Larry Fink warns it’s ‘crazy’ to have retirement age set at 65 | City & Business | Finance

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BlackRock chief executive Larry Fink says it is “crazy” to have the retirement age set at 65 as people live longer than ever before.

Fink says the world is facing an impending retirement crisis with people having to stay in work later in life to ensure their savings pot tides them over until death.

Fink outlined his views on retirement in his annual letter that is distributed to BlackRock investors, reports The Telegraph. He said: “No one should have to work longer than they want to. But I do think it’s a bit crazy that our anchor idea for the right retirement age — 65 years old — originates from the time of the Ottoman Empire.

“When people are regularly living past 90, what should the average retirement age be?”

Billionaire Fink, who founded BlackRock in 1988, is believed to be one of the most influential voices on the world stage, with his views often setting the tone for business discussions around the world.

The 71-year-old now fears not enough is being done to make sure people have enough money to retire. He says “urgent” action is required to help build up pension pots.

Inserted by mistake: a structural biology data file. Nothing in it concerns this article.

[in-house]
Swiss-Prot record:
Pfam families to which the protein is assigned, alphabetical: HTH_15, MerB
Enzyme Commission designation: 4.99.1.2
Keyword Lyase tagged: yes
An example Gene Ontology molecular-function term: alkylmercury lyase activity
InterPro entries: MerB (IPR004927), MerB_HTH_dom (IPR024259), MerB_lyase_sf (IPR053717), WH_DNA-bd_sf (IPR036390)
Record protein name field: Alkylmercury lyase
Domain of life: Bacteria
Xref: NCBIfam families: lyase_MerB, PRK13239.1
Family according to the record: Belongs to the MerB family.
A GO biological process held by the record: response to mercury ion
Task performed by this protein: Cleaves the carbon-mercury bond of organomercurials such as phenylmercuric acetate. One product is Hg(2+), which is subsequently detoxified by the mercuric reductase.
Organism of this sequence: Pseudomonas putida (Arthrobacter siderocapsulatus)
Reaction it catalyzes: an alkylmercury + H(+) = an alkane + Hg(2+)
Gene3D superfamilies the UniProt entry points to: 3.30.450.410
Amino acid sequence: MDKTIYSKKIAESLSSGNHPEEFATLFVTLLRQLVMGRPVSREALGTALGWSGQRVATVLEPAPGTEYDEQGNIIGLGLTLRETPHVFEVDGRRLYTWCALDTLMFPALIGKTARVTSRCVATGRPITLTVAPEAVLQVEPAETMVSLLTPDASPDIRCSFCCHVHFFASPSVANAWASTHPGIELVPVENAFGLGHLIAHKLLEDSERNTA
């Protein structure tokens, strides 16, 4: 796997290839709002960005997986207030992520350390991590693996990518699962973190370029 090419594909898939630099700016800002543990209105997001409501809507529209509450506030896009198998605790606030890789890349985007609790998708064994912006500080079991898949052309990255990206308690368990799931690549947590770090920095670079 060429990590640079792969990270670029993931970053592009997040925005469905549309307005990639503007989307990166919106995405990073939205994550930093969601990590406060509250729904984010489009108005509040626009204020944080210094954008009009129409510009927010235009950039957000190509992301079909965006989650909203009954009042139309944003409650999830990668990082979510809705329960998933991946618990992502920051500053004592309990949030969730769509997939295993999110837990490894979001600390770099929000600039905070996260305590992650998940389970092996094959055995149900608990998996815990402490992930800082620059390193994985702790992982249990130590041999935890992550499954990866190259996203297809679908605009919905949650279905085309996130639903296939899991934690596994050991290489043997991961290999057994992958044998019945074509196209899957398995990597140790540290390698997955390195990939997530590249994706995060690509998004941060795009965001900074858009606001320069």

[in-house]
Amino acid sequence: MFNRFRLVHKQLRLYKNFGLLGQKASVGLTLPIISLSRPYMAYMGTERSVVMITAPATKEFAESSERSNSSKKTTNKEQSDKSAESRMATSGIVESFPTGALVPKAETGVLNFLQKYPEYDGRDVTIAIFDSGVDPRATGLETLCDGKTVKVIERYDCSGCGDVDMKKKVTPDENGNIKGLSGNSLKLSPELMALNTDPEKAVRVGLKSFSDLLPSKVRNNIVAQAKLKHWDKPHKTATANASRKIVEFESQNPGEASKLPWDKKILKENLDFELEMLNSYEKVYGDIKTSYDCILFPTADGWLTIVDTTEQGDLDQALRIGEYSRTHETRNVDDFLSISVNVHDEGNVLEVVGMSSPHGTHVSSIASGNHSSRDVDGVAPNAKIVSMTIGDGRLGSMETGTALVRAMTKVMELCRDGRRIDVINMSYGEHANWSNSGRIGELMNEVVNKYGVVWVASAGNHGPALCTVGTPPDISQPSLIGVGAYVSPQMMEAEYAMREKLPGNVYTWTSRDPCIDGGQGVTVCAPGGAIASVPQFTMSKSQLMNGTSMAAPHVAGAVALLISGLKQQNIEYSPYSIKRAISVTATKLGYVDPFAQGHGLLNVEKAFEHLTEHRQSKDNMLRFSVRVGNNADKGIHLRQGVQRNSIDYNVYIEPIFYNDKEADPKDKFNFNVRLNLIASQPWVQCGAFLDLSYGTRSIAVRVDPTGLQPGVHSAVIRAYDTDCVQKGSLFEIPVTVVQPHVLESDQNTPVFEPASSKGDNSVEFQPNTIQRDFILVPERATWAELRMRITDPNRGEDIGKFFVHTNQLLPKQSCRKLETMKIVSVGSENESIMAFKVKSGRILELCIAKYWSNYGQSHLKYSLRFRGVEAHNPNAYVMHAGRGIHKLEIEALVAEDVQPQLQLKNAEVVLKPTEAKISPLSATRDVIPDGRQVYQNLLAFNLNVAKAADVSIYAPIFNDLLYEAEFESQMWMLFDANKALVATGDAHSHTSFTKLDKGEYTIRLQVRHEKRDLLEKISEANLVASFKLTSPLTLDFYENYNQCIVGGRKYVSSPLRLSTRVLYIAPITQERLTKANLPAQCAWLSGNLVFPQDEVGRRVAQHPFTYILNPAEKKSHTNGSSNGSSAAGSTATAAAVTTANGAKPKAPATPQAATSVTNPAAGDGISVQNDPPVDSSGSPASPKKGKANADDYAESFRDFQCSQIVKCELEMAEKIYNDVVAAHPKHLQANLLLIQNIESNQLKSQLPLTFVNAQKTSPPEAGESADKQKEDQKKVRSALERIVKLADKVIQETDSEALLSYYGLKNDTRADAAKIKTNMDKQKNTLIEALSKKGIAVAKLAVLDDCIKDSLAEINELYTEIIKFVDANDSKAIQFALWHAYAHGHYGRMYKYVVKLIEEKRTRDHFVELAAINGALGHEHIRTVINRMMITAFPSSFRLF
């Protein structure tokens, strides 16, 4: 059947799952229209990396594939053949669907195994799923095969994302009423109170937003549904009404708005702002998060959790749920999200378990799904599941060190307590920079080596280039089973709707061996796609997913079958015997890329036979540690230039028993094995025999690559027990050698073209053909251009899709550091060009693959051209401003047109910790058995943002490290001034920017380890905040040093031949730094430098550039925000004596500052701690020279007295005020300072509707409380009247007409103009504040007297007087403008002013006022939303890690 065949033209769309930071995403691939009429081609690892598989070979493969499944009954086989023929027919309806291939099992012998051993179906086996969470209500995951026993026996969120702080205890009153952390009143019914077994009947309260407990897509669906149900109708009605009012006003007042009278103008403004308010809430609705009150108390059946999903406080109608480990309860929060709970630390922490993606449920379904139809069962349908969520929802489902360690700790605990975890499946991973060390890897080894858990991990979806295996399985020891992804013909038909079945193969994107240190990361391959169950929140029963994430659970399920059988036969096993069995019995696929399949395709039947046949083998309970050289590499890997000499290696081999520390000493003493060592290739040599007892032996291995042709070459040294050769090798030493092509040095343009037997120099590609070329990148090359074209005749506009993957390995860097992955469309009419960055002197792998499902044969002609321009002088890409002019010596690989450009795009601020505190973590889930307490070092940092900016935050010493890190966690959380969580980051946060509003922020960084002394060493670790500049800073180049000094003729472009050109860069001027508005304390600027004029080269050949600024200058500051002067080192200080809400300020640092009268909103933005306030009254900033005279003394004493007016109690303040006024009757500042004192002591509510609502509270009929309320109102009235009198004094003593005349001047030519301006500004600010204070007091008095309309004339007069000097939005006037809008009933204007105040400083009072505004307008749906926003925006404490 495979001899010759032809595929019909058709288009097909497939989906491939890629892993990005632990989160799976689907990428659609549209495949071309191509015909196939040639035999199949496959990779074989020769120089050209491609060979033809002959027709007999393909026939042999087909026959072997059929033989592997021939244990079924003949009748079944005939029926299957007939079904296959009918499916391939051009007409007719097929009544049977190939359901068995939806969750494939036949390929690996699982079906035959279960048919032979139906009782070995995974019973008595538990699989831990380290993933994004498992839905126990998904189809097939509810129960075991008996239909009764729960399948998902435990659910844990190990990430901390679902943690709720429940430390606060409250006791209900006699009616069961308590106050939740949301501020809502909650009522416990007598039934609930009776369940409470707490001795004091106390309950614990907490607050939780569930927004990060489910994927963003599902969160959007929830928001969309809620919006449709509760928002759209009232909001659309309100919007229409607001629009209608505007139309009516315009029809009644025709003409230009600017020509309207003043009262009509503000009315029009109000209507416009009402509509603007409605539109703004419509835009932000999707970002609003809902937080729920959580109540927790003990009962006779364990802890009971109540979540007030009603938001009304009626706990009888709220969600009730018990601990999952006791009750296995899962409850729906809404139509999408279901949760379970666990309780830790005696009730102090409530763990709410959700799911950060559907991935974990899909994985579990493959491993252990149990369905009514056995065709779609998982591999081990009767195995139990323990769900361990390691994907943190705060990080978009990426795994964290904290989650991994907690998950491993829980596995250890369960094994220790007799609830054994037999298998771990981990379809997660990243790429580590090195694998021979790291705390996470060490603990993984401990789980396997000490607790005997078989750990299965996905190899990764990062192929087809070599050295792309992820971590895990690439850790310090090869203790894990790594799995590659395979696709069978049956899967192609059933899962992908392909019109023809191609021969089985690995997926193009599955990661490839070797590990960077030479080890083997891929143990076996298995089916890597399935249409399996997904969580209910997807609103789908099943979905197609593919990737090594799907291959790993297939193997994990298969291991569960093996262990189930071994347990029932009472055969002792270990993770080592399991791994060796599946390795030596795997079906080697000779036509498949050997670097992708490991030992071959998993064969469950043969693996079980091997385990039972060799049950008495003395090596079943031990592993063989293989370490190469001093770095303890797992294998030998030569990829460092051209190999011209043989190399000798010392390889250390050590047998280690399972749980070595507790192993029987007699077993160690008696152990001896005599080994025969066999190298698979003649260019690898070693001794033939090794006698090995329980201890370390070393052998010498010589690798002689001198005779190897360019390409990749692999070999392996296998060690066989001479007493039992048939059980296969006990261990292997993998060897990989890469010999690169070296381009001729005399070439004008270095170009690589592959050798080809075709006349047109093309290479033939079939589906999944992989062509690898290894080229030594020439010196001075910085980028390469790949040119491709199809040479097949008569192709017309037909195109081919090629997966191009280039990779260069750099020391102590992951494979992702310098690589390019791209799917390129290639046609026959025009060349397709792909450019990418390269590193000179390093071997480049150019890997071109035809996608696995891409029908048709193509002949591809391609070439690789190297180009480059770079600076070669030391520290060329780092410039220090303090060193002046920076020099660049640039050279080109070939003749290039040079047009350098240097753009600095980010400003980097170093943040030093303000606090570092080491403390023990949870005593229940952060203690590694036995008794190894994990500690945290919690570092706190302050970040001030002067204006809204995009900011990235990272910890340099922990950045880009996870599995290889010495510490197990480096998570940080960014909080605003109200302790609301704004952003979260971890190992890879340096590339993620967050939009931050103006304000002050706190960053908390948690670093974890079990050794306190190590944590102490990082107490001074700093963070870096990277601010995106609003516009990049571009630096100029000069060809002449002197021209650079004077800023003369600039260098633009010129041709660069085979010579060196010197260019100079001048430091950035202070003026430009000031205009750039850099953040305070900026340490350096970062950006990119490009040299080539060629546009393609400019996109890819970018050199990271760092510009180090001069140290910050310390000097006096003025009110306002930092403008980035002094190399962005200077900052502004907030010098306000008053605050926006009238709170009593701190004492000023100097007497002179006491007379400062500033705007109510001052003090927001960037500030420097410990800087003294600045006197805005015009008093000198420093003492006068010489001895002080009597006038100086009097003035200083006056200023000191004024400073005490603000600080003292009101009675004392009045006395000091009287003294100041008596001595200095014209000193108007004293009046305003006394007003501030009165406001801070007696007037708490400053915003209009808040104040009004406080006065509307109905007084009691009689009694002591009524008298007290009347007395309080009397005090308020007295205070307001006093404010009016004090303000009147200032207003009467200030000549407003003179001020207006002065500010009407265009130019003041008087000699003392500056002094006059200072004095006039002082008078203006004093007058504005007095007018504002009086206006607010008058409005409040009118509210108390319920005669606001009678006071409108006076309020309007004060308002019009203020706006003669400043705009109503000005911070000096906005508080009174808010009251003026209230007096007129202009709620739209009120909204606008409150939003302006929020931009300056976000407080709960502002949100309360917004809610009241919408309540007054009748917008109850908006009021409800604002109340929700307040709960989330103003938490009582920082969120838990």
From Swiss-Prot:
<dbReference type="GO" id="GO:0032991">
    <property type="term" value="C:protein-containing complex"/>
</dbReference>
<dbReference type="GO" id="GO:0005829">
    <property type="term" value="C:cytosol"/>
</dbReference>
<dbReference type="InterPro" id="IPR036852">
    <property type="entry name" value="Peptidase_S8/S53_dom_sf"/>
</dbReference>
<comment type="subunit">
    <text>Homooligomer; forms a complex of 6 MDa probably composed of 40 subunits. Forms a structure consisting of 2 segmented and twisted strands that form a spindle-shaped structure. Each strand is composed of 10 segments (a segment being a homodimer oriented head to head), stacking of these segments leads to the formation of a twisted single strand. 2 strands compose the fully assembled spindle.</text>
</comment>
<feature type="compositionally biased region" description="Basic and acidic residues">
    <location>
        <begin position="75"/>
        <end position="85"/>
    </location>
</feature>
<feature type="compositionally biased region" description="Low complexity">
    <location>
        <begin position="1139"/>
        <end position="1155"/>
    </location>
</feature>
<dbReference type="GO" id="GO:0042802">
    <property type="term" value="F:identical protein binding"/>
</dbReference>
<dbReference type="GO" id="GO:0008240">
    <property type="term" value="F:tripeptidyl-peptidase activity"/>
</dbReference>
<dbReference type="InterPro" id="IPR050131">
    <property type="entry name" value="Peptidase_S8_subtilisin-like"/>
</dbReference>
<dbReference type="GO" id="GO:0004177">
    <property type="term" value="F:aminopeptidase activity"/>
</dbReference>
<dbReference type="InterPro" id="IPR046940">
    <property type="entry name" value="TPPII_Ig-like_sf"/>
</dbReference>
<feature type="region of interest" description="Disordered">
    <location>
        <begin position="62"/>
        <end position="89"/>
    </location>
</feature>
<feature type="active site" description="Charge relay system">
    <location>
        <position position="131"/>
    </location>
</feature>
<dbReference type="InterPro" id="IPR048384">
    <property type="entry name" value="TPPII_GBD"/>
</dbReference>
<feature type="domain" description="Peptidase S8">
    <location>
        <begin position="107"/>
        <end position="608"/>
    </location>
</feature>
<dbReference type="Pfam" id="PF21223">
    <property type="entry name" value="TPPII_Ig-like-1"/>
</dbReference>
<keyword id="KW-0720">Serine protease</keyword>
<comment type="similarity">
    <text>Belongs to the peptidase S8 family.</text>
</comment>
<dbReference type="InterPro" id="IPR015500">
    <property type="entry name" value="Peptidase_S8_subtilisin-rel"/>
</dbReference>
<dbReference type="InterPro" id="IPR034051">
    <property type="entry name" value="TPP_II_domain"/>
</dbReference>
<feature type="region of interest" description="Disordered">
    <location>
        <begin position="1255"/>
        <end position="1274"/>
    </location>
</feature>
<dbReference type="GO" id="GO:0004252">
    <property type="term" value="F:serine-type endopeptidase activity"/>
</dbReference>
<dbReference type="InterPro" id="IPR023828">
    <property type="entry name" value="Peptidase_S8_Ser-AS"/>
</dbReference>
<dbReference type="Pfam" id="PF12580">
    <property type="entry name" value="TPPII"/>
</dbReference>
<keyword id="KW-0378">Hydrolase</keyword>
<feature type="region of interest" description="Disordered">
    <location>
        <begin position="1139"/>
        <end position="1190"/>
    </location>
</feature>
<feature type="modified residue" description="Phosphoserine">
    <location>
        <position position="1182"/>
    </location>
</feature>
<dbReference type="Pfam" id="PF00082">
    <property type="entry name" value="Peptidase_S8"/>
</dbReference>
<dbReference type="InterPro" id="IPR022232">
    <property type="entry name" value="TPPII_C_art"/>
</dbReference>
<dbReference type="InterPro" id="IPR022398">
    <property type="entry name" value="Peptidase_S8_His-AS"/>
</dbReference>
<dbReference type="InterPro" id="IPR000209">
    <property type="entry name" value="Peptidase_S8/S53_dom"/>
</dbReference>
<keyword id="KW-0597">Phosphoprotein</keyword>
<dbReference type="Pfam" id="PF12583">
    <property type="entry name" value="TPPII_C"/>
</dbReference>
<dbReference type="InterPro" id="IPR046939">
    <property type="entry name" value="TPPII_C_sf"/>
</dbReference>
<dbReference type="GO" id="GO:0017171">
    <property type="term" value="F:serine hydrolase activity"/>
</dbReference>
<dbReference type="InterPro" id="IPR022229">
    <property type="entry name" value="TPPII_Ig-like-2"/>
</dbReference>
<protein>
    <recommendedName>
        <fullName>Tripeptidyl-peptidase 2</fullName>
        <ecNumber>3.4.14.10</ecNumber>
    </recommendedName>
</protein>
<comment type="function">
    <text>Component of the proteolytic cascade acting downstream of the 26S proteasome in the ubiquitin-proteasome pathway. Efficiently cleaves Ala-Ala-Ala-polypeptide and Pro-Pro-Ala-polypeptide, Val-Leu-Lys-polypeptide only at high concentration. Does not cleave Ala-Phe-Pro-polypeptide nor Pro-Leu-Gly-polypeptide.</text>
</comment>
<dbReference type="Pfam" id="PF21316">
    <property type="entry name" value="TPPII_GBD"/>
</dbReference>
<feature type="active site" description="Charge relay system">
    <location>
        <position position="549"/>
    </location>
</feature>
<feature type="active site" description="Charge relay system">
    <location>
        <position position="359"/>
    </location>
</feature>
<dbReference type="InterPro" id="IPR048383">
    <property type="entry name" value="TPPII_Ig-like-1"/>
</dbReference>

Fink says he wanted to “start having the conversation” about retirement as the demographics around the world shift towards rapidly aging populations. He believes countries need to develop a capital market to help pay for retirees, similar to the United States.

He added: “As a society, we focus a tremendous amount of energy on helping people live longer lives. But not even a fraction of that effort is spent helping people afford those extra years.”

According to projections from the United Nations, one in six people across the globe will be over 65 by 2050. That is a huge increase from 2019, where one in 11 people were in the over 65s demographic.

The UK has seen retirement age slowly creeping up. In addition, the Government introduced an auto enrolment into pensions a decade ago to combat the issue.

The state pension can currently be claimed at 66, although in 2028 it is set to rise to 67. Chancellor Jeremy Hunt has planned to increase it to 68, but plans were shelves due to declining life expectancy.

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